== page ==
The mechanism of each cell features a sloped tube containing a helical interior ridge. The tube is set at an angle to the horizontal. The sloped tube with its helical ridge is rotated, causing pills fed to the mouth of the tube to move upwardly along the tube against gravity, thereby becoming separated either individually, or into smaller groups. As the pills reach the end of the tube, they are individually separated, and can be accurately dispensed from the end thereof. The falling pills are then detected individually by photodetector cells, and are thereby reliably counted. The computer controlling the dispensing operation is programmed to recognize a double feed, or a broken, fragmented pill.
U.S. Pat. No. 7,599,516, issued to Daniel J. Limer, et al. on Oct. 6, 2009 for MACHINE VISION COUNTING SYSTEM APPARATUS AND METHOD, discloses a machine-vision-based counter including an image acquisition component (imager), wherein light provides discrimination between a background field and imagable units located away from the imager. The imager outputs data representing the field and units; an image processor receiving imager data finds countable units therein. An operator interface accepts command inputs and presents count output. A controller manages image acquisition, processor, and operator interface functions. A counting method includes configuring an imager to detect light, directing light from a source to units positioned to be detected by the imager, and directing the light to the imager. The method includes discriminating between a background field and imagable units; providing, as an imager output, data representing the field and units; configuring an image-processor to receive imager data; configuring the processor to interpret the data as counted units on a background field; and configuring an operator interface to present a count result.
U.S. Pat. No. 5,907,493, issued to Joseph H. Boyer et al. on May 25, 1999 for PHARMACEUTICAL DISPENSING SYSTEM, discloses a pharmaceutical dispensing system including a plurality of standardized or universal-type cells disposed in a large array called a module. One or more modules may be disposed in a given pharmacy, and one or more pharmacies may be monitored by a central computer. The system for filling prescriptions includes a graphical interface processing system for monitoring operations of each cell, wherever located, and for sequentially and interactively prompting an operator to perform appropriate; predetermined steps. The system for filling prescriptions sequentially prompts a technician or operator to perform predetermined steps, dependent upon verification of the completion of a prior or previously completed step in the sequence. In a semi-automatic mode, the pharmacist is directed, by suitable prompts on the computer display screen, as to the necessary steps and locations in filling each prescription. The main computer stores information of a plurality of drugs in predetermined, separately-addressable cells, and arranges that information to provide optimum efficiency of pharmacy operations.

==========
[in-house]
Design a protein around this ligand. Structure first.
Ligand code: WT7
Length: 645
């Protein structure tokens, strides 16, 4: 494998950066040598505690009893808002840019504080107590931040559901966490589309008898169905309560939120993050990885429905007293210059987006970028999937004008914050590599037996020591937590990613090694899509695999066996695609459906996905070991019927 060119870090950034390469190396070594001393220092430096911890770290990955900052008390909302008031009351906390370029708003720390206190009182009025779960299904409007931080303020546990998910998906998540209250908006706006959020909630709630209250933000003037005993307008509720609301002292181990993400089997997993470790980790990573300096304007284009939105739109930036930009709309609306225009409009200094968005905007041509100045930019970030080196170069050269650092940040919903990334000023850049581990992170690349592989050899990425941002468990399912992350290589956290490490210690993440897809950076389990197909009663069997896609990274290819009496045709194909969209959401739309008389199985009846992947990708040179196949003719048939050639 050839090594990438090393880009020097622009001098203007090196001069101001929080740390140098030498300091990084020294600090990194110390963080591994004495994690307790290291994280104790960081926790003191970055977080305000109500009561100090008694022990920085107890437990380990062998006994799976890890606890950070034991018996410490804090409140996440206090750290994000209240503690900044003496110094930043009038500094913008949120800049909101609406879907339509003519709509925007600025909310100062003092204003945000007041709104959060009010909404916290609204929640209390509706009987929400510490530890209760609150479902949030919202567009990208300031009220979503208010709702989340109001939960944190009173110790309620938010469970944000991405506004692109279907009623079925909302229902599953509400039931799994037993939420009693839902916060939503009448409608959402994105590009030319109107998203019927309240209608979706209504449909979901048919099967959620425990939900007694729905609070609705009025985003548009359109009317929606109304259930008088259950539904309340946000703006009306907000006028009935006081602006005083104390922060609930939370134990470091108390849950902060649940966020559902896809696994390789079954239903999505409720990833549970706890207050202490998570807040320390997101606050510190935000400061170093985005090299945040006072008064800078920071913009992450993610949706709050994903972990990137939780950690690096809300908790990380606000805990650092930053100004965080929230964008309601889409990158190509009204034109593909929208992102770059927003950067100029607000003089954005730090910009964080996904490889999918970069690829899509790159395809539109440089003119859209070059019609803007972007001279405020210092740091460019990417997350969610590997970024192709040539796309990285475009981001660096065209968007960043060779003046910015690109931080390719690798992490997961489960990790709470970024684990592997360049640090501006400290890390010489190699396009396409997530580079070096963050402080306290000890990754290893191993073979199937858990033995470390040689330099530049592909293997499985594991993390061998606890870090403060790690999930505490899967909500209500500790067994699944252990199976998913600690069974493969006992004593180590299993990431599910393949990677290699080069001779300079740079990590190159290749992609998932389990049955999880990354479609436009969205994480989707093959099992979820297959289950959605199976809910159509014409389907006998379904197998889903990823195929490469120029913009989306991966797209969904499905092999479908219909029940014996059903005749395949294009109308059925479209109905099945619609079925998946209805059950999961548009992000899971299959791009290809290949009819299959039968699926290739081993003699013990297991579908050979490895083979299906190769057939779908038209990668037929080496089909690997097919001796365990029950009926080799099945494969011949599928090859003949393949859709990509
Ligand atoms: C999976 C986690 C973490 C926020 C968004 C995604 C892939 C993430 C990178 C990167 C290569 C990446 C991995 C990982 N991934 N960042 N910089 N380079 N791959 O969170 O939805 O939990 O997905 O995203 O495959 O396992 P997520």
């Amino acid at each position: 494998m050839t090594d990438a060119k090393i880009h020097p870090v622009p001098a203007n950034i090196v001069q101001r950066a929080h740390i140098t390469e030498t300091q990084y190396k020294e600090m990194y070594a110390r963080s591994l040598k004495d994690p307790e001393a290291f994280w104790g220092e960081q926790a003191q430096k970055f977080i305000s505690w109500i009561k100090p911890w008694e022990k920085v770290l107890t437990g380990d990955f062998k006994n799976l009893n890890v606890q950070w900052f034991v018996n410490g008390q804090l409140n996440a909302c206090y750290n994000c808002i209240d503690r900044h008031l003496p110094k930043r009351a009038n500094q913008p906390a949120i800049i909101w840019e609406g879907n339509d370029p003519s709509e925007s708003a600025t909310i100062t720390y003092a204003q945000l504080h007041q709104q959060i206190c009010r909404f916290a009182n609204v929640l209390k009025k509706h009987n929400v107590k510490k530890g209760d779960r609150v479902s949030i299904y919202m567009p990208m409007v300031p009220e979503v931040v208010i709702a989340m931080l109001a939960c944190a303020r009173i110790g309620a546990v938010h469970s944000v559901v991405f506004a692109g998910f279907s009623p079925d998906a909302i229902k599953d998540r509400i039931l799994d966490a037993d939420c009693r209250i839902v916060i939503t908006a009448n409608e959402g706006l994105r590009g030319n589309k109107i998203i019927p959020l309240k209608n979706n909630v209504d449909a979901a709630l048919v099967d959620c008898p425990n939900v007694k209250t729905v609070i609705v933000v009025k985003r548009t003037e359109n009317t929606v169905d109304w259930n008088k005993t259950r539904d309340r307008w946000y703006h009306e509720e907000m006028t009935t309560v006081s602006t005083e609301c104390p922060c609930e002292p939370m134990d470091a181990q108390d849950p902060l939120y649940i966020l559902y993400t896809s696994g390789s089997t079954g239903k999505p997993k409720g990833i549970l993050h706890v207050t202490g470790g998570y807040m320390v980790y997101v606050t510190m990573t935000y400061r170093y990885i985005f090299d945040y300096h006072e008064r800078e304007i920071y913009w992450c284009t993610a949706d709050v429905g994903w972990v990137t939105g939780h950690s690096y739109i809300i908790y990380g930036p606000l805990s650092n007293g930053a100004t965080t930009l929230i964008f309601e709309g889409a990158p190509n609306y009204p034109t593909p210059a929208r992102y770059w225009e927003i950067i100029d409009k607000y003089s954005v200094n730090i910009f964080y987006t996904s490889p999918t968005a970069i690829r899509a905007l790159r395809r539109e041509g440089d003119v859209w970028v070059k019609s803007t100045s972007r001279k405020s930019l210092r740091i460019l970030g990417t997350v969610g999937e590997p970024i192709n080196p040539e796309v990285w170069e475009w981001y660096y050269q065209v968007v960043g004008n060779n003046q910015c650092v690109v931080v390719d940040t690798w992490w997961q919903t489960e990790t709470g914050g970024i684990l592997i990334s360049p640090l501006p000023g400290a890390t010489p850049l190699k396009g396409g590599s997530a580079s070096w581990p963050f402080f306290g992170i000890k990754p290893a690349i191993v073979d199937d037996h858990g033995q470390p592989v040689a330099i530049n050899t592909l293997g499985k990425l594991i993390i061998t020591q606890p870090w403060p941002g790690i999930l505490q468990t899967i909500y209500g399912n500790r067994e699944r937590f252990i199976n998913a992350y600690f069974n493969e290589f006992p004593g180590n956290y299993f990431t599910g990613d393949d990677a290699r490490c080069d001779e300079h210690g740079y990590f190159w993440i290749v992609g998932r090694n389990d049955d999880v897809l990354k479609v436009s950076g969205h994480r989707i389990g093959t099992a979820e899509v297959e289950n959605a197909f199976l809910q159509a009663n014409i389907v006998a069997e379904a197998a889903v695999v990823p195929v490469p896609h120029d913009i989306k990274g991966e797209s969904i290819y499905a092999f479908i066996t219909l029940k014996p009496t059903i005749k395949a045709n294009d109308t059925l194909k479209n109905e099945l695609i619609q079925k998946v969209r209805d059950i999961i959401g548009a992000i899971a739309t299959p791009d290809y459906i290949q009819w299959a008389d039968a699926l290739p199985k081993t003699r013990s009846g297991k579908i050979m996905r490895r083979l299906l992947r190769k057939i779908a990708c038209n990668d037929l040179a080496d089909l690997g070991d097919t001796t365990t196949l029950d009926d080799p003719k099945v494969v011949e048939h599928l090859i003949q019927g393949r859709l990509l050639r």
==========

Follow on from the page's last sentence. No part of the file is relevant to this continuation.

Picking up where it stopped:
U.S. Pat. No. 5,884,806, issued to Joseph H. Boyer et al. on Mar. 23, 1999 for DEVICE THAT COUNTS AND DISPENSES PILLS, discloses a pill-dispensing system which has a number of standardized, or universal-type, modules. Each module has a rotating, helix-drive mechanism, which is rotationally controlled by a microprocessor. The helical-drive allows for the dispensing of pills of all shapes and sizes one at a time. The helix of the drive is securely mounted within a rotatable, hollow tube. A stationary collar is mounted adjacent the upper end of the rotating tube. The rotating helix extends into the stationary collar and forces pills from the hollow tube to the dispensing edge of the stationary collar. A hopper positioned at the input end, or mouth of the tube, feeds a batch quantity of pills to the drive mechanism. The tube is angled upwardly from the mouth portion, so that the pill-dispensing end is positioned above the input end. In this fashion, the pills that are fed through the tube move upwardly against gravity.